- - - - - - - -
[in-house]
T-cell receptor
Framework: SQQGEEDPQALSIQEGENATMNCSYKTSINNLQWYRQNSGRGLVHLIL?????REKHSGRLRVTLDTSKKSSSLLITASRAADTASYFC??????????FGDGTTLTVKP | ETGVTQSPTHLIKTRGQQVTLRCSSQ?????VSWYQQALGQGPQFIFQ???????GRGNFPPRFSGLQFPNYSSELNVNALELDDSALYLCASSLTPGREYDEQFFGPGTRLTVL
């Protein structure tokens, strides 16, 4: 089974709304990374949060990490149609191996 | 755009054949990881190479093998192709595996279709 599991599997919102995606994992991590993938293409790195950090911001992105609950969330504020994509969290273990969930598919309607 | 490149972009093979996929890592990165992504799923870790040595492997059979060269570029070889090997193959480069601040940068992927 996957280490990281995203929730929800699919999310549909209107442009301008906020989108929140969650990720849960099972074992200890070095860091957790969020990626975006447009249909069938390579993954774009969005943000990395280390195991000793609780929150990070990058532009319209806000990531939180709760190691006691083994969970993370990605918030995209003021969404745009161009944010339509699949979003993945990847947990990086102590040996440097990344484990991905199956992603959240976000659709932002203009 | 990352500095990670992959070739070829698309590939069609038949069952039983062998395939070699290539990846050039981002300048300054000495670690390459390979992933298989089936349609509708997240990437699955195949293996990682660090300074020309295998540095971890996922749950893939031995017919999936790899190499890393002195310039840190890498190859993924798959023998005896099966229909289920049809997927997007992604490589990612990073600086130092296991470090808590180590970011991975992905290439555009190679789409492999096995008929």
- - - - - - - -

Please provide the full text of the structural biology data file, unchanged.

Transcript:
[in-house]
T-cell receptor
Framework: SQQGEEDPQALSIQEGENATMNCSYKTSINNLQWYRQNSGRGLVHLIL?????REKHSGRLRVTLDTSKKSSSLLITASRAADTASYFC??????????FGDGTTLTVKP | ETGVTQSPTHLIKTRGQQVTLRCSSQ?????VSWYQQALGQGPQFIFQ???????GRGNFPPRFSGLQFPNYSSELNVNALELDDSALYLCASSLTPGREYDEQFFGPGTRLTVL
């Protein structure tokens, strides 16, 4: 089974709304990374949060990490149609191996 | 755009054949990881190479093998192709595996279709 599991599997919102995606994992991590993938293409790195950090911001992105609950969330504020994509969290273990969930598919309607 | 490149972009093979996929890592990165992504799923870790040595492997059979060269570029070889090997193959480069601040940068992927 996957280490990281995203929730929800699919999310549909209107442009301008906020989108929140969650990720849960099972074992200890070095860091957790969020990626975006447009249909069938390579993954774009969005943000990395280390195991000793609780929150990070990058532009319209806000990531939180709760190691006691083994969970993370990605918030995209003021969404745009161009944010339509699949979003993945990847947990990086102590040996440097990344484990991905199956992603959240976000659709932002203009 | 990352500095990670992959070739070829698309590939069609038949069952039983062998395939070699290539990846050039981002300048300054000495670690390459390979992933298989089936349609509708997240990437699955195949293996990682660090300074020309295998540095971890996922749950893939031995017919999936790899190499890393002195310039840190890498190859993924798959023998005896099966229909289920049809997927997007992604490589990612990073600086130092296991470090808590180590970011991975992905290439555009190679789409492999096995008929």